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Real-Time Collaboration - Better, Faster Decision-Making
Control Room Operator Greg Guice used to take a 40-minute helicopter ride to a production platform in the Gulf of Mexico to do his job. Today, he rides an elevator to the 22nd floor of the One Shell Square building in downtown New Orleans.
That’s because Guice can now perform the same duties from the Olympus Remote Control Room (RCR). The room’s connection to the platform via fiber optics allows shore-based team members to see the same data at the same time as their offshore counterparts.
The RCR is part of the Olympus Integrated Operations Center (IOC), an innovative, collaborative work space that brings people, work processes and technology together so Shell Gulf of Mexico project teams can better plan required work and improve decision-making.
Jay Trussell, Olympus Platform Operation Manager, and Marc Chevis, Upstream Americas Integrated Deepwater Operations Manager, envisioned creating a place where the operations team offshore and the engineering and technical support teams, typically located in offices at One Shell Square, could work closer together.
Collaborative Work Environment
From his desk at the Olympus IOC, Trussell can see inside the RCR, where operators like Guice work around the clock. He can also view members of the surveillance engineering team sitting together nearby in one of six IOC work zones. In the past, they would be seated in individual offices, some on different floors, and others offshore.
“By bringing engineers, management and offshore operations staff into the IOC, we can work better together, planning activities so they are ready to be executed offshore. Instead of sending an email and waiting for a response, people can just turn around and talk to each other. We can reach decisions quicker and have fewer opportunities for miscommunication that so often comes with email,” Trussell notes.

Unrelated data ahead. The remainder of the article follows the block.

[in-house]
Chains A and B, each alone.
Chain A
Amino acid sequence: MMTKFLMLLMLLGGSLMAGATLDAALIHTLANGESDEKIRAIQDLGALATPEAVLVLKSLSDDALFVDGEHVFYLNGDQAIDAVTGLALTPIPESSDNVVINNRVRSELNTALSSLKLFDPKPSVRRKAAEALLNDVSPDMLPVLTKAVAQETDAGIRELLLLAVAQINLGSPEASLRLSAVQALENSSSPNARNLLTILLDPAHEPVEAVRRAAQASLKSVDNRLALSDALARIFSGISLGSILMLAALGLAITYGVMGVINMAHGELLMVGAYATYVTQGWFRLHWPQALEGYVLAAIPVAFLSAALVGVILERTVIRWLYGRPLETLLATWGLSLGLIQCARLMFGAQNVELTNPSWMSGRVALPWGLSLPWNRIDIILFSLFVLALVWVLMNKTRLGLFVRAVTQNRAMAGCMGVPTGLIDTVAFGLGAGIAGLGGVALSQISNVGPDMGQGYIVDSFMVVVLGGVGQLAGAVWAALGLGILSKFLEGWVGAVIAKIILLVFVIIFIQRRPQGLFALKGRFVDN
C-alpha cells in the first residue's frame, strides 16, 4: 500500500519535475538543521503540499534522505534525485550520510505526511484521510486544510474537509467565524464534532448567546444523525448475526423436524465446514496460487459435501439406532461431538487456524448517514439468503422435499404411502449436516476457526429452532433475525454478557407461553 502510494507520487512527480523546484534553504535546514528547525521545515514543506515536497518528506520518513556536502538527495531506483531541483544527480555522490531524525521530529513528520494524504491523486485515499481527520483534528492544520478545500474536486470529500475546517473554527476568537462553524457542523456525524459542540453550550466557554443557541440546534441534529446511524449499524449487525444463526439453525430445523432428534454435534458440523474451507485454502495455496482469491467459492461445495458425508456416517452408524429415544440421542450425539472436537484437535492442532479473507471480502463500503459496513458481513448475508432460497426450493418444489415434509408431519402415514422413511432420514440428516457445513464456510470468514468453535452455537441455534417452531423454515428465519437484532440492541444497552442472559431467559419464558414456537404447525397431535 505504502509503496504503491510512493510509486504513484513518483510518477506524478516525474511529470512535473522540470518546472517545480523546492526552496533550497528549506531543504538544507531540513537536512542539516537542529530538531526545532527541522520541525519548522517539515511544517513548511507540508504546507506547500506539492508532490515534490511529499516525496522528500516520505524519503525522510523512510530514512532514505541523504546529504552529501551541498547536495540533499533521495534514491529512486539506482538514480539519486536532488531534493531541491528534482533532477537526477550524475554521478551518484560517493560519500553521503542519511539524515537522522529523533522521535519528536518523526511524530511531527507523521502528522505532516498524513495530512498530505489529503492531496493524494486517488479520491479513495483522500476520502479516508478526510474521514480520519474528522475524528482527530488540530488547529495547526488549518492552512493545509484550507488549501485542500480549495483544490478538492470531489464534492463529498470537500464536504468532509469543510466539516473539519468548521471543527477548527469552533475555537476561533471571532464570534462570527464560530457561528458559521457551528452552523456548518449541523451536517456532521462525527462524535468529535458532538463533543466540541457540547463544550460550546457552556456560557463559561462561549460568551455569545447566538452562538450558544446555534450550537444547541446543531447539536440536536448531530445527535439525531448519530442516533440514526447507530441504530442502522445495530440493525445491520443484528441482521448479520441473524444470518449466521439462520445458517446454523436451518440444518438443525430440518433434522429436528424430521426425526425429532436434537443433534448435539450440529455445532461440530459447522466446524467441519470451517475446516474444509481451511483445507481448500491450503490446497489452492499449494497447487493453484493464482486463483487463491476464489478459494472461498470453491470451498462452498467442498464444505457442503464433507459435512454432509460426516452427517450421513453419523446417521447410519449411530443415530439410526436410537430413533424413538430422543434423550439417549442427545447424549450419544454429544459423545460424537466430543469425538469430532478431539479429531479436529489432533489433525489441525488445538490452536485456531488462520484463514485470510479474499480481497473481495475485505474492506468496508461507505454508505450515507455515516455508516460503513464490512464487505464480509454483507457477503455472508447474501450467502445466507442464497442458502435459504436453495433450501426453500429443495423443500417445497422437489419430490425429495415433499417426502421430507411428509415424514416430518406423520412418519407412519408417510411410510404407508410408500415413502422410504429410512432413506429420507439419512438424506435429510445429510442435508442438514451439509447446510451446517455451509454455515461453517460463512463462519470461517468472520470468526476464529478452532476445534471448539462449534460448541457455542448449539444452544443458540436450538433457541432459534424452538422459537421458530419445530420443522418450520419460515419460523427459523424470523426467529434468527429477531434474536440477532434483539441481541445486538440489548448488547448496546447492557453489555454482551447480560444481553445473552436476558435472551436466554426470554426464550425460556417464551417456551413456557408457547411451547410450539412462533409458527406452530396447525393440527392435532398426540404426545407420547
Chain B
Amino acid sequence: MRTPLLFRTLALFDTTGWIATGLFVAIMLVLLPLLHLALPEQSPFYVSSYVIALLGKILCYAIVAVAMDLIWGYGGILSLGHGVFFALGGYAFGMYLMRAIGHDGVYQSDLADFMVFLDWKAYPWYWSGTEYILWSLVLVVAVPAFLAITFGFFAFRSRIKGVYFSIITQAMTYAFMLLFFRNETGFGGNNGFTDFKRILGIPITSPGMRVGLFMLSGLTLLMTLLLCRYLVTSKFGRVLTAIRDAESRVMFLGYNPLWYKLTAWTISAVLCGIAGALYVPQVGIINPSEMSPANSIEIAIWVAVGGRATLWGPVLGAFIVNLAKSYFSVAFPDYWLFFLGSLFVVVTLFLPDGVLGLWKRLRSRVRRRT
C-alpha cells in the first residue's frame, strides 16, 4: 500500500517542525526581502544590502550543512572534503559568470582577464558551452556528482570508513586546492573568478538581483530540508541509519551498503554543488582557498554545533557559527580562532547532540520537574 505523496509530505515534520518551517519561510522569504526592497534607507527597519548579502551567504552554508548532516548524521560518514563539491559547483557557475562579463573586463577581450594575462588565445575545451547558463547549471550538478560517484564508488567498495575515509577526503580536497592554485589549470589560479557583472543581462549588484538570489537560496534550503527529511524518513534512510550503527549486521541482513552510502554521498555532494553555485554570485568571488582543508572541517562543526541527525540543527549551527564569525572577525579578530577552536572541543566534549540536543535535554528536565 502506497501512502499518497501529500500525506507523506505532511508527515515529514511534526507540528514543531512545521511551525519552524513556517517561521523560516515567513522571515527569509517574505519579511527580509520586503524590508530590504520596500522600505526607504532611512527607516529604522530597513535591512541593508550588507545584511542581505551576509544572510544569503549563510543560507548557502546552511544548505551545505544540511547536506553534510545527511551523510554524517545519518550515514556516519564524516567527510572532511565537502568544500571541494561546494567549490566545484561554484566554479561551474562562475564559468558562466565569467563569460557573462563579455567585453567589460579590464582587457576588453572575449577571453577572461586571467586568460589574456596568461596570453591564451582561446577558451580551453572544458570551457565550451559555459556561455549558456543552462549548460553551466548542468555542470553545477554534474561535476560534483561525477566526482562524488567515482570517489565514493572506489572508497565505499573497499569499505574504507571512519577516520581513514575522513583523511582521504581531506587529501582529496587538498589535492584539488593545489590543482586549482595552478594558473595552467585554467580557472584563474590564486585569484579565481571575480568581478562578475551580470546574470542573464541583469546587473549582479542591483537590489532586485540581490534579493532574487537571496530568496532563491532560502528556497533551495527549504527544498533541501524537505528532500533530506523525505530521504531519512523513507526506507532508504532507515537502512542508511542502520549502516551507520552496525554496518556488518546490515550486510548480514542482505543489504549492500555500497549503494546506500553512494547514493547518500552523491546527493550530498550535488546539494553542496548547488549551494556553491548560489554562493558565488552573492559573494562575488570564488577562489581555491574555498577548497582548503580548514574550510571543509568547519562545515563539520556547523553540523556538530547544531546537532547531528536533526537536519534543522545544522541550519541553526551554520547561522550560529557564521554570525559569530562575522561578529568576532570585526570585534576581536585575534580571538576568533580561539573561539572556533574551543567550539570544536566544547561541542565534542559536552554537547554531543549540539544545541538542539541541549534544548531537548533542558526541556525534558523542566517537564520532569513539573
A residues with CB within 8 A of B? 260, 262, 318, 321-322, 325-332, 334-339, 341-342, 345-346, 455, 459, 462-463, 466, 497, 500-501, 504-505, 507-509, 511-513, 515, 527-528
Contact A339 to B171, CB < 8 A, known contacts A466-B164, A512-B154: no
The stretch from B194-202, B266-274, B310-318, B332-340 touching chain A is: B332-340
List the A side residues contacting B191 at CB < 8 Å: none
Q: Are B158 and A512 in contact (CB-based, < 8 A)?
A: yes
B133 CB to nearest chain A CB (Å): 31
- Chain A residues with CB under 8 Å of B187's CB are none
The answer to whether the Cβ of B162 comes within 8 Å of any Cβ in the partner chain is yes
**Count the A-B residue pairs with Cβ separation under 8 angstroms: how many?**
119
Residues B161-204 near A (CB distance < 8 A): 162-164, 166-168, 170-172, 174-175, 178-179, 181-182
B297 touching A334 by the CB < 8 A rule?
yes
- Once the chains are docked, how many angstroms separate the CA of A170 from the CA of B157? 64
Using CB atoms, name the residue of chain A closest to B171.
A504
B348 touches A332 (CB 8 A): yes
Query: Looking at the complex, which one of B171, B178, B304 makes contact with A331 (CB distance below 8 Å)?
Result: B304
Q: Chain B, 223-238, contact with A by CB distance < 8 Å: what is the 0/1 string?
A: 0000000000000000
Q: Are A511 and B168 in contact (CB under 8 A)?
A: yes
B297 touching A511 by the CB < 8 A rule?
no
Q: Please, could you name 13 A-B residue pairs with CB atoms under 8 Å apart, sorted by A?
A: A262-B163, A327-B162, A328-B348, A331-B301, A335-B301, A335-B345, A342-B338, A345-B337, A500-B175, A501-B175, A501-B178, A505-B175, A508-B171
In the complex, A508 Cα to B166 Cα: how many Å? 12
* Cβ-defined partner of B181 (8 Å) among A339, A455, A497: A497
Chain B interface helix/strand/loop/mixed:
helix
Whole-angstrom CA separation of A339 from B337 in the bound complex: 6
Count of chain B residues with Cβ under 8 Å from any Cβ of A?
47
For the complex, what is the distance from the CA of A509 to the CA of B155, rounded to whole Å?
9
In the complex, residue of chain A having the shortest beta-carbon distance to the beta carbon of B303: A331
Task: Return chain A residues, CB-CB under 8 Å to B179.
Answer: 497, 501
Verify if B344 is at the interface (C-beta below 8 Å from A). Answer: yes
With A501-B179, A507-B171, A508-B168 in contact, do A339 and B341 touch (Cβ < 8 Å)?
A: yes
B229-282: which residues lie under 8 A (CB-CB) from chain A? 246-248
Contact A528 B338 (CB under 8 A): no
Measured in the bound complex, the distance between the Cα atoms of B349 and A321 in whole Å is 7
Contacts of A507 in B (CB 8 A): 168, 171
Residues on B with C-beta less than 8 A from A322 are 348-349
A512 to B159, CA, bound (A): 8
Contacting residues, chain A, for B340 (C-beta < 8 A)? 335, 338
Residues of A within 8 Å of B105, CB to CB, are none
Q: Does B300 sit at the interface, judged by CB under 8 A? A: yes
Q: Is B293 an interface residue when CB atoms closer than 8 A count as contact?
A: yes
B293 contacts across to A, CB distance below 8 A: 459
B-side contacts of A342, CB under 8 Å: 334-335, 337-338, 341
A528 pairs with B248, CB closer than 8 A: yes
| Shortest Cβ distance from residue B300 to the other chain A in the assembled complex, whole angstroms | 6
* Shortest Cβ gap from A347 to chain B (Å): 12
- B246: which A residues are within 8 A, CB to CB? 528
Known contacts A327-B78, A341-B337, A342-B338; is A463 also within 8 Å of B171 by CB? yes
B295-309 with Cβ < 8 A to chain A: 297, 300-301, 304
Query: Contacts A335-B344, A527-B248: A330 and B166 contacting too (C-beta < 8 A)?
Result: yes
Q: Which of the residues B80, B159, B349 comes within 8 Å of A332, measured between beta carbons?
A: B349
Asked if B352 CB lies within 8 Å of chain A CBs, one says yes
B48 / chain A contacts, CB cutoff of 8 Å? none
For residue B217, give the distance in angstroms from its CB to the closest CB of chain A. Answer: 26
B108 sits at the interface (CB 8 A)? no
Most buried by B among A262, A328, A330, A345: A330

That real-time access to the platform is key to production efficiency. “We are able to notice issues and trends before they become problems. That ultimately means production flows more consistently. And, that’s the ultimate benefit,” Trussell says.
As an example of the efficiencies the IOC creates, during the Olympus platform installation, a group of 11 engineers who traditionally would have gone offshore, performed 75% of its work from the RCR. “It was the first time Shell in the Gulf of Mexico had a remote commissioning of subsea equipment. Because they could do it from the RCR, we didn’t have to interrupt other critical work, pulling people off the platform to make room for the engineers,” Trussell adds.
Adjacent to the Olympus IOC at One Shell Square is the new Mars IOC, Shell’s second platform collaboration work space. Going forward, all offshore production platforms will be designed using this IOC concept.
“When you think about how we did things before, it was difficult to share information and data and actively work together. Phone and email communication creates a lot of wait-and-see time in reaching decisions. We didn’t have a very integrated staff between office and field. Now, both organizations are joined, at the same time in the same room, and work as a team. Operationally, this is a major milestone,” Chevis says.
Innovation, talent, technology, mega-project management and social investment are all integrated in Shell’s delivery of the Mars B deep-water project in the Gulf of Mexico.